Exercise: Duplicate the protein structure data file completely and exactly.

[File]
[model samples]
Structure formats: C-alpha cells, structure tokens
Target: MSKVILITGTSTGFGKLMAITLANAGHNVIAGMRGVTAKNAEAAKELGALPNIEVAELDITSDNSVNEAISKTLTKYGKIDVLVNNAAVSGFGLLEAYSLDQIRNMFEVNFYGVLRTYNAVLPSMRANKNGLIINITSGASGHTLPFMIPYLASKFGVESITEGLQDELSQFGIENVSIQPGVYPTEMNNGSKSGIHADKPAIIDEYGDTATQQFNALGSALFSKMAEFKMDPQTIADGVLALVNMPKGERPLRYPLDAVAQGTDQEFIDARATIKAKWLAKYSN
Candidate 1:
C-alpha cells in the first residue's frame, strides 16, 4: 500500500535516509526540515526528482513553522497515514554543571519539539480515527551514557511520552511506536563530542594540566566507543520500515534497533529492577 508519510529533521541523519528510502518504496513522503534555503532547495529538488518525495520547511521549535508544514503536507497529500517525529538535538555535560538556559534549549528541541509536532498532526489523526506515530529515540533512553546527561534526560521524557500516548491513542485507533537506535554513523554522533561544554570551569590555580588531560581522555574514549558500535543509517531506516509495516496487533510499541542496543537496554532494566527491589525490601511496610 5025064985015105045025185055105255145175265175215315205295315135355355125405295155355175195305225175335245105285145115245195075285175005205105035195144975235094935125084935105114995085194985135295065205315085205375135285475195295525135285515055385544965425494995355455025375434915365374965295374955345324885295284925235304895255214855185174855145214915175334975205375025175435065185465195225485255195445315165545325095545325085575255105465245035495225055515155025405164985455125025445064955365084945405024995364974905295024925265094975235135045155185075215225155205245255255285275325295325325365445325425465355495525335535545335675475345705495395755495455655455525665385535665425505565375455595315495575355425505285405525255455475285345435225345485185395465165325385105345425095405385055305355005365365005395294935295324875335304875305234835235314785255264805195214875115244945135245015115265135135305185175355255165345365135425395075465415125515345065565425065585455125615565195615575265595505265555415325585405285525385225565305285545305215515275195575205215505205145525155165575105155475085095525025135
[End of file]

[model samples]
Structure formats: C-alpha cells, structure tokens
Target: MSKVILITGTSTGFGKLMAITLANAGHNVIAGMRGVTAKNAEAAKELGALPNIEVAELDITSDNSVNEAISKTLTKYGKIDVLVNNAAVSGFGLLEAYSLDQIRNMFEVNFYGVLRTYNAVLPSMRANKNGLIINITSGASGHTLPFMIPYLASKFGVESITEGLQDELSQFGIENVSIQPGVYPTEMNNGSKSGIHADKPAIIDEYGDTATQQFNALGSALFSKMAEFKMDPQTIADGVLALVNMPKGERPLRYPLDAVAQGTDQEFIDARATIKAKWLAKYSN
Candidate 1:
C-alpha cells in the first residue's frame, strides 16, 4: 500500500535516509526540515526528482513553522497515514554543571519539539480515527551514557511520552511506536563530542594540566566507543520500515534497533529492577 508519510529533521541523519528510502518504496513522503534555503532547495529538488518525495520547511521549535508544514503536507497529500517525529538535538555535560538556559534549549528541541509536532498532526489523526506515530529515540533512553546527561534526560521524557500516548491513542485507533537506535554513523554522533561544554570551569590555580588531560581522555574514549558500535543509517531506516509495516496487533510499541542496543537496554532494566527491589525490601511496610 5025064985015105045025185055105255145175265175215315205295315135355355125405295155355175195305225175335245105285145115245195075285175005205105035195144975235094935125084935105114995085194985135295065205315085205375135285475195295525135285515055385544965425494995355455025375434915365374965295374955345324885295284925235304895255214855185174855145214915175334975205375025175435065185465195225485255195445315165545325095545325085575255105465245035495225055515155025405164985455125025445064955365084945405024995364974905295024925265094975235135045155185075215225155205245255255285275325295325325365445325425465355495525335535545335675475345705495395755495455655455525665385535665425505565375455595315495575355425505285405525255455475285345435225345485185395465165325385105345425095405385055305355005365365005395294935295324875335304875305234835235314785255264805195214875115244945135245015115265135135305185175355255165345365135425395075465415125515345065565425065585455125615565195615575265595505265555415325585405285525385225565305285545305215515275195575205215505205145525155165575105155475085095525025135